According to the Washington Post, Arizona has a law on the books that enables anyone to identify a potential victim of mental illness, and remand them for treatment:
Under Arizona law, any one of Jared Lee Loughner’s classmates or teachers at Pima Community College so concerned about his increasingly bizarre behavior could have contacted local officials and asked that he be evaluated for mental illness and potentially committed for psychiatric treatment.
That, according to local mental health and law enforcement officials, never happened.
“To the best of our knowledge, he was never and is currently not enrolled in our system,” said Neal Cash, president of the Community Partnership of Southern Arizona, which provides mental health services in Tucson and Pima County for the state. While most of those it serves are on Medicaid, Cash said anyone diagnosed with a serious mental illness would be in its system.
This is all well and good, but WaPo is leaving a lot out, and indirectly blaming Loughner’s teachers and classmates for not taking advantage of the law. First of all, Arizonans generally don’t appear to be aware of this law. Second, it requires them to petition a court – a laborious procedure that a mere acquaintance may not be willing or even equipped to undertake. Third, Arizona’s lax gun laws failed to catch what Pima Community College did do to Loughner – suspend him from school and disallowing him to return without a mental health clearance. Even if this didn’t trigger anything in the gun background check, you’d think this would have raised the awareness of the people most inclined to get counseling for Loughner, his parents.
But the most glaring oversight here, what WaPo waits until paragraph 21 to tell you, in a story told almost entirely from the perspective of mental health professionals in Arizona, is that the state is one of the worst in the nation at delivering mental health services, and cut back significantly on its mental health programs during the Great Recession in order to balance their budget. [cont’d.] That’s not paragraph 21 information; it undermines the entire premise of the article. Adam Bonin, in conversation with mental health expert Prof. Mark Heyrman, brought this up right from the beginning:
Heyrman: In my perfect world, when a student was suspended from school for mental health reason, the college would be required to link the student to mental health services or at least an evaluation by a community mental health provider. That, of course, would require the state to make services available to those who were unable to pay.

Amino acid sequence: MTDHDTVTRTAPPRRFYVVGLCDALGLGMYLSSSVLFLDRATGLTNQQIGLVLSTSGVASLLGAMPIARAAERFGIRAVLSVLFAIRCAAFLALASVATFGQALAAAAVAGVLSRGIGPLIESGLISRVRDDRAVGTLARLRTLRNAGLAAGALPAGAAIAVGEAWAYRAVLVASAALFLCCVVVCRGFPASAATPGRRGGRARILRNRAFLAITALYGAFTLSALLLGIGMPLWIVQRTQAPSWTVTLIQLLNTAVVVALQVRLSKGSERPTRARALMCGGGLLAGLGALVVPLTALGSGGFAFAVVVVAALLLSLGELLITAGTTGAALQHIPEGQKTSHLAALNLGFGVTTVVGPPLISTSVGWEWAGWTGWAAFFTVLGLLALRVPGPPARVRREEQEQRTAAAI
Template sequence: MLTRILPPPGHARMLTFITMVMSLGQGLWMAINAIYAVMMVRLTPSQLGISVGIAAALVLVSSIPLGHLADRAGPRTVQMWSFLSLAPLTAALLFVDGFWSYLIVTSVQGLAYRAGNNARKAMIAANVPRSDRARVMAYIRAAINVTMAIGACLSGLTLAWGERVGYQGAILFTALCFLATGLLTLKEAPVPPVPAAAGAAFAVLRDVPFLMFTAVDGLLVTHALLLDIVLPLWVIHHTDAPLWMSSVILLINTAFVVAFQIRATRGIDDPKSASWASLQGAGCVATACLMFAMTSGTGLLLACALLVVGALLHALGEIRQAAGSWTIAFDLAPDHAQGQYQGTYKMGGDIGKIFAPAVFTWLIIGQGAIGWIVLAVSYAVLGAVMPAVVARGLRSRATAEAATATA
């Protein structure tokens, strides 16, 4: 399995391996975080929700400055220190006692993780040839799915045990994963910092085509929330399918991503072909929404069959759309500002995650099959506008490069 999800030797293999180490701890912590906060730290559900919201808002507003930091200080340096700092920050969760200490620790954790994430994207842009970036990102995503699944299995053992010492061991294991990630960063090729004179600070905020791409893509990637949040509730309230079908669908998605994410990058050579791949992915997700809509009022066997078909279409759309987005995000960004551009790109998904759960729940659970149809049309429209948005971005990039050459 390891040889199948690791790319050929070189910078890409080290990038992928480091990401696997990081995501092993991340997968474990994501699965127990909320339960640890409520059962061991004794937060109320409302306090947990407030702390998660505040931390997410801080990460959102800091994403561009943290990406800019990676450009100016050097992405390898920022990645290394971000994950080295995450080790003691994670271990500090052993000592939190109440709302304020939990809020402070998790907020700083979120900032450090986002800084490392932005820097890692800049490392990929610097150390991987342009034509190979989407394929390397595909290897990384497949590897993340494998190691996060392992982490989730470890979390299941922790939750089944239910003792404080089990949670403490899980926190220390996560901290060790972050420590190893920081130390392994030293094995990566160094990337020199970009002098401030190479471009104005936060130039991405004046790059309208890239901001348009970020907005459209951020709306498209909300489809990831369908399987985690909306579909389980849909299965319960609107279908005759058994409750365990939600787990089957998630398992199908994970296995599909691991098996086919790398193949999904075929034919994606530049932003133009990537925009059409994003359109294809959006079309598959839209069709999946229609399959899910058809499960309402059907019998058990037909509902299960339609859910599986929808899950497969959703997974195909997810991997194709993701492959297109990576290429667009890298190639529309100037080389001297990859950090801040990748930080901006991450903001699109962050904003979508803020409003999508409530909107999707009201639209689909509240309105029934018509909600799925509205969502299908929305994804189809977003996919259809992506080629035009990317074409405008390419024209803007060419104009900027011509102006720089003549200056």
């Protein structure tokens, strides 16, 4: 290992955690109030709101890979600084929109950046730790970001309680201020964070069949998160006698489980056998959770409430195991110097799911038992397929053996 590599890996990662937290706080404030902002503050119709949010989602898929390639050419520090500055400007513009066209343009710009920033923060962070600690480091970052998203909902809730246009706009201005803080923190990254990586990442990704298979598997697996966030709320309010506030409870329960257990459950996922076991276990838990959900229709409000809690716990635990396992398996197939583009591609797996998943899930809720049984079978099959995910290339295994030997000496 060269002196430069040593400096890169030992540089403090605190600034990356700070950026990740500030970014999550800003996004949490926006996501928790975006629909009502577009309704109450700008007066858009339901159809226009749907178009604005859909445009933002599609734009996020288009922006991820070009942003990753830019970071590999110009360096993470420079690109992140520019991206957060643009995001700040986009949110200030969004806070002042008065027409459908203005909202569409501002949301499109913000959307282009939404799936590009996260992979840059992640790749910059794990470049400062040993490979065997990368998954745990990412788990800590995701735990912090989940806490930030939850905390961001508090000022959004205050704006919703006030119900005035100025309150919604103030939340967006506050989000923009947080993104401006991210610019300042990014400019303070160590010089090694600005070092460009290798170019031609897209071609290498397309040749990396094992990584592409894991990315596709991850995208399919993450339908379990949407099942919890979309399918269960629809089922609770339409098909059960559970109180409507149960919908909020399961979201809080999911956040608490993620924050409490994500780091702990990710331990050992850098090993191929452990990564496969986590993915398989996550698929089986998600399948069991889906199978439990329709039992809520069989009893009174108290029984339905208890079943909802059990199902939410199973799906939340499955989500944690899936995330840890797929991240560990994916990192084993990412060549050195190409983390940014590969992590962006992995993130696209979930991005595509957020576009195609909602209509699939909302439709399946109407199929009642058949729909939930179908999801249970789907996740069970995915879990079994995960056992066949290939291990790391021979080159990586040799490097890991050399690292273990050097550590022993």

Q: So when we see articles that note that Arizona cut its budget for mental health services by $36 million last year (37% of the total budget), that matters […]
Heyrman: It matters A LOT! You are going to see more people with untreated mental illnesses across the country as states deal with the financial crisis. Some will be homeless, some will get arrested, some will commit/attempt suicide, some will suffer in silence (or burden their relatives) and some will end up in hospital emergency rooms. Almost every state is facing this problem.
How could you write an article suggesting that it was a snap to find treatment for a mentally disturbed individual in Arizona without foregrounding that such treatment has been drying up for years? Even if some peer of Loughner’s had the foreknowledge to use the Arizona law on the books, with those scarce resources it’s certainly plausible that he would have still slipped through the cracks. And the cutbacks in mental health services invariably hit at access and promotion; nobody knows about the services available, because if they did, the programs would quickly become oversubscribed. As Amanda Marcotte notes:
Some people are lucky enough to have insurance that not only covers mental health services, but makes referrals, but those people are rarely 22-year-olds attending community college. It’s not like there’s a centralized, low-cost mental health service similar to Planned Parenthood for reproductive health services. Maybe there should be, but in our country, getting more funding for this kind of necessary health care infrastructure is like pulling teeth.
The problems with our mental health systems in the U.S. are just part of a larger problem with health care in general—people fall through the cracks, diseases that could have been prevented or minimized with early interventions instead fester and become bigger, more expensive problems down the road, and we don’t do enough to connect the available services with the patients in need.
It’s a weighty enough burden to place on a classmate or friend or teacher to commit a fellow student, one who was increasingly closed off from the world. Most people don’t have psychology degrees, and though several came forward to say they felt threatened or creeped out by Loughner, predicting that individuals will turn violent is an inexact science even for professionals. But it’s certainly that much harder to identify and treat those suffering with mental illness if the programs are being dismantled block by block. I’m sure that 37% cut made for a nice patch in the budget process, but there were – and will continue to be – significant and severe consequences for that. Contra WaPo and the people it interviews for this piece, it’s not as easy as dialing M for mental health to reach a large team of caring professionals. At least not in Arizona in this day and age.